“Two daughters,” said Bertrand, looking from Portia to Helga with delight. “I myself have six boys.”

“I bow to your superior efforts,” I said as Claudia and Helga squealed in outrage.

“A daughter would have been a welcome change,” he said. “Someone to outsmart me and keep me on my toes.”

“They certainly do that,” agreed Claudia as I threw the last prop on the wain.

I helped Claudia and Helga up, then took Zeus’s reins quickly before he had a chance to bite me.

“Lead on, milord,” I said.

He fell into step by me and we walked around his
maison
down the slope to the stables. “The hay in the loft is fresh and dry,” he said. “It should be comfortable enough.”

“More than enough, milord.”

“You know, that troubadour friend of yours lives not far from here,” he remarked.

“Folquet? Here?” I exclaimed in surprise. “I didn’t know he still lived. I’ve heard nothing about him in ten years. Does he still sing as magnificently as he once did?”

“I have never heard him sing,” he replied. “He’s at the abbey at Le Thoronet.”

“He joined the Cistercians?”

“Not only joined,” he said. “He’s the abbot there.”

My jaw must have been hanging below my neck. He started laughing at my expression; then I joined him.

“Truly a marvelous world,” I said when I was able to catch breath. “The Folquet I knew was hardly a candidate for holy orders.”

“It strikes suddenly with some men,” he said. “I would not have guessed a family of fools to be so religious, yet here you are, returning from pilgrimage.”

“We wanted to have the baby blessed in Rome,” I said as I unhitched Zeus and carefully put him in an empty stall.

“Did the Pope bless her himself?” asked Bertrand with reverence.

“Hardly,” said Claudia. “All we could afford was a bishop. But well worth it.”

“We wanted her to start her life right, just like we did with Helga,” I said, mussing the girl’s hair affectionately. “You were too young to remember your first pilgrimage.”

“Yes,” she said, yawning, “but you tell the story so often, I think I do remember it.”

Claudia and I beamed at Helga, as proud of her as if she had been our own.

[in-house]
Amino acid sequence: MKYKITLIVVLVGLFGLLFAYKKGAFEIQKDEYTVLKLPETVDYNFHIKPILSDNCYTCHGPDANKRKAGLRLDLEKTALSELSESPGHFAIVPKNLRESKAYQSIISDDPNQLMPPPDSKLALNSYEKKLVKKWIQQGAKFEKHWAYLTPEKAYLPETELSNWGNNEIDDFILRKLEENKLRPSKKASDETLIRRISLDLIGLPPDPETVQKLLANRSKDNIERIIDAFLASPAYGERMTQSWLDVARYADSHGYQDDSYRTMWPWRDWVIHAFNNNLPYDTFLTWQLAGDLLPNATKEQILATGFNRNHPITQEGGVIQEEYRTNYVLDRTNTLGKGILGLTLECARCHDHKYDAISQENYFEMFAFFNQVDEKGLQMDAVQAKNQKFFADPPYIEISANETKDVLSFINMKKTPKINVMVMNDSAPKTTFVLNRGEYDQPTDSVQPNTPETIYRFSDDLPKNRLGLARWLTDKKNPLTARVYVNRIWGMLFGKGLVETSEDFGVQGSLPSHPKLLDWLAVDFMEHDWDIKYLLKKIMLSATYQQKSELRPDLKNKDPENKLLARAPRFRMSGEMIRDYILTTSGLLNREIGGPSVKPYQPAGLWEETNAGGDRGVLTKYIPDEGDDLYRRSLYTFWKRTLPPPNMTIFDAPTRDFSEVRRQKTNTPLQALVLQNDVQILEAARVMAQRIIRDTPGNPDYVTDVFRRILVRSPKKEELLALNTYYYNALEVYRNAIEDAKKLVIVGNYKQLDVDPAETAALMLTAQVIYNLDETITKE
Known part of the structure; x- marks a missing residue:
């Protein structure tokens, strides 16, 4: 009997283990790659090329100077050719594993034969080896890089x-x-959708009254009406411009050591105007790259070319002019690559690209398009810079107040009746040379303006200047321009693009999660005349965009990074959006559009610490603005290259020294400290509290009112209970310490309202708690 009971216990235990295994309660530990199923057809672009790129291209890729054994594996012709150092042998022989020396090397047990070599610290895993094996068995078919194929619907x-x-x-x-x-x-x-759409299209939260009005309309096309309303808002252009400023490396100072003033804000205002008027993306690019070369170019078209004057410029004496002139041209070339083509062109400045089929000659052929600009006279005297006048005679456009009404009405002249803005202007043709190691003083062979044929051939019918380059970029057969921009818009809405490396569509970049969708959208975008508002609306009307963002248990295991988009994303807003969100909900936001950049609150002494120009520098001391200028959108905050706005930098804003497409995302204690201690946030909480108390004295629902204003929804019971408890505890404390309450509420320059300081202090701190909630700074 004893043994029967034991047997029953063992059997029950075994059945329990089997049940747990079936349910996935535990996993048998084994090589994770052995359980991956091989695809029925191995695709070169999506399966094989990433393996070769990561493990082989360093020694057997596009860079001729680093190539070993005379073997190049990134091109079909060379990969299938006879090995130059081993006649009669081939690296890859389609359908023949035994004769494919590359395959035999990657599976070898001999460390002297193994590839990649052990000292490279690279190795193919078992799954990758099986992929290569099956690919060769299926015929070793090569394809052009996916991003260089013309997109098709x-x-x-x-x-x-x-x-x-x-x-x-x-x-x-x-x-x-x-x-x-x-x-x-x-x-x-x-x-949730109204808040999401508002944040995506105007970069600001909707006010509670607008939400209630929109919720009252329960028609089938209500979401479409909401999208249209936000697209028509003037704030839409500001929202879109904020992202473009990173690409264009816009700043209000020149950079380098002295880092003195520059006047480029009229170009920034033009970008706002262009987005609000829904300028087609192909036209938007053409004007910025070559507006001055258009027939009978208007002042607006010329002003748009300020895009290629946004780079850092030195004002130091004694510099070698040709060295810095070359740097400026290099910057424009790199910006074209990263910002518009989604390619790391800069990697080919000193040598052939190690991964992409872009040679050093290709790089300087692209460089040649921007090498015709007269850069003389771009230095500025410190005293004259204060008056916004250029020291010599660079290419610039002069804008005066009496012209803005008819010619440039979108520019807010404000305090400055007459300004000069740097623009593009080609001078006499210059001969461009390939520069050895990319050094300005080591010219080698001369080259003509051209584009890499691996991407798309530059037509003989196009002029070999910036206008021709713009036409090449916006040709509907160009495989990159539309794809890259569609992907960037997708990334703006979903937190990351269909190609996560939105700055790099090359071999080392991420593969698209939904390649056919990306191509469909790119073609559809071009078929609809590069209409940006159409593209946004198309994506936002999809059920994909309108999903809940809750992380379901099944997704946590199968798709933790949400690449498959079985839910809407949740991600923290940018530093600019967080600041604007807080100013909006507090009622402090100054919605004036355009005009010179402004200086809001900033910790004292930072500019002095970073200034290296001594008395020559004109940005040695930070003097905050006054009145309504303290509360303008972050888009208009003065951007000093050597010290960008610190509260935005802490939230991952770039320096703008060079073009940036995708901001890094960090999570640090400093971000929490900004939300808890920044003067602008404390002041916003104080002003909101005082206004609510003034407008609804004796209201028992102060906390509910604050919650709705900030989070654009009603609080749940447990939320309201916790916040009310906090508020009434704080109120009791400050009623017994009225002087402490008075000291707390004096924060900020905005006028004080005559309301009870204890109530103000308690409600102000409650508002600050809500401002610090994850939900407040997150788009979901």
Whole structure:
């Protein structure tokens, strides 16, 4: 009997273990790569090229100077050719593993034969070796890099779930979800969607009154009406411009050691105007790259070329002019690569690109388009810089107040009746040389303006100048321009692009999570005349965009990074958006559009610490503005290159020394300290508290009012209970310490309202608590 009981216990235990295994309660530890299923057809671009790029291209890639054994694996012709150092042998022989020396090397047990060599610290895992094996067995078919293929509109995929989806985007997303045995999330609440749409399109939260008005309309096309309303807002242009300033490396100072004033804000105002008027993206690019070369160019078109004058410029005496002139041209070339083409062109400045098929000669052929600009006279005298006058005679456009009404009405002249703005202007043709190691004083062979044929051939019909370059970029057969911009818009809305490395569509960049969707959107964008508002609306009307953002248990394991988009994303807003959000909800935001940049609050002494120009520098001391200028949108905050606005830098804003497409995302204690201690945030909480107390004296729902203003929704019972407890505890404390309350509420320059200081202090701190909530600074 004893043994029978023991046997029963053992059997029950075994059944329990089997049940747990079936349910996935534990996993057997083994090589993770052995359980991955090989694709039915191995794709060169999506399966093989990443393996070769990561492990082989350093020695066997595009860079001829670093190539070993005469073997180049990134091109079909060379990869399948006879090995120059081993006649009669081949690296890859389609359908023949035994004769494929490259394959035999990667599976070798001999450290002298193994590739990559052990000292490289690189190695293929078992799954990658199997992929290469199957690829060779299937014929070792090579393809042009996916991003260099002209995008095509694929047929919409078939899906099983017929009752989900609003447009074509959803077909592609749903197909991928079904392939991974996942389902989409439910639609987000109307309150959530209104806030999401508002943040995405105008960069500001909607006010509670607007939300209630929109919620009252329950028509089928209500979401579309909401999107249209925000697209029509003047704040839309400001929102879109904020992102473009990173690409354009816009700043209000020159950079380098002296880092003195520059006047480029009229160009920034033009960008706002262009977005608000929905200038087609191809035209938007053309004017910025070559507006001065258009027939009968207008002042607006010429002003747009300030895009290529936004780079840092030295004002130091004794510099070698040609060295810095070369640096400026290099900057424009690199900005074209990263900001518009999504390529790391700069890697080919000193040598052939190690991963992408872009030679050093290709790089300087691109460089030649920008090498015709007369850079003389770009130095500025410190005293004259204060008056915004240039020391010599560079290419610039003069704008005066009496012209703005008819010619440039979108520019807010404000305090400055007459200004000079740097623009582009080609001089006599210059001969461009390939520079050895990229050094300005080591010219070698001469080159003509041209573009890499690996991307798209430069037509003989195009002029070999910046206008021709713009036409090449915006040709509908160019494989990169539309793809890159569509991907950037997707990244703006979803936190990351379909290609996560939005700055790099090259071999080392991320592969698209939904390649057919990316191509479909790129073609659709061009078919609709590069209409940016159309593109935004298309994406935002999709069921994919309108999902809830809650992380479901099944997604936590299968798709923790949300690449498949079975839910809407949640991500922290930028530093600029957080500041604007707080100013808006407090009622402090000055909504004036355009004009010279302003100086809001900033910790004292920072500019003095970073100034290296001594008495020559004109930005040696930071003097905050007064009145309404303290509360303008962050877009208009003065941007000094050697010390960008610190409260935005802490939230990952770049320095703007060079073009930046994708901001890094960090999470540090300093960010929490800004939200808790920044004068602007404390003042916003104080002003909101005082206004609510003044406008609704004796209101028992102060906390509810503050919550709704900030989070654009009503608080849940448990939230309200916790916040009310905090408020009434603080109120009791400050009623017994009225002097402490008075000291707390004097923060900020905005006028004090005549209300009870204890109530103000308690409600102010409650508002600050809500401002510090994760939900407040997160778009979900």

“Inspiring,” said Bertrand. “Perhaps I shall go there. I would like to see Rome once before I meet my maker. Fools, you have blessed my humble abode. I shall see you in the morning.”

We bowed low as he left, humming Folquet’s melody.

“We’ve only blessed his stables,” muttered Claudia. “It would have been nice to bless his
maison
. From the inside.”

“I’d like to bless a real bed sometime,” added Helga. “It’s been a while.”

“I guess we merit his praise, but not his full protection,” I said. “But once we get to Toulouse, I promise we will all have beds.”

“A mighty promise. Should we trust it?” Claudia asked Helga.

“He does lie an awful lot,” said Helga.

“That’s because he’s good at it,” said Claudia.

“Yes, he is,” agreed Helga. “Will you teach me? And why did you pretend you didn’t know Folquet was nearby?”

“Just trying to make our little visit to him seem natural,” I said. “In case anyone asks questions. Nothing unusual about a family returning from a pilgrimage, even if it’s a family of fools. Speaking of which: Apprentice, front and center!”

Helga scampered through the hay and stood at attention before us. She was a spry young girl of twelve, although small enough to pass for younger if the need arose. I had thought she was ten when we first met. When her hair was washed, it was blond. Or so we believed.

“You followed my story about Rome with an excellent bit of improvisation,” I began. “Full marks.”

“Thank you, Master,” she said.

BOOK: The Lark's Lament: A Fools' Guild Mystery
3.13Mb size Format: txt, pdf, ePub
ads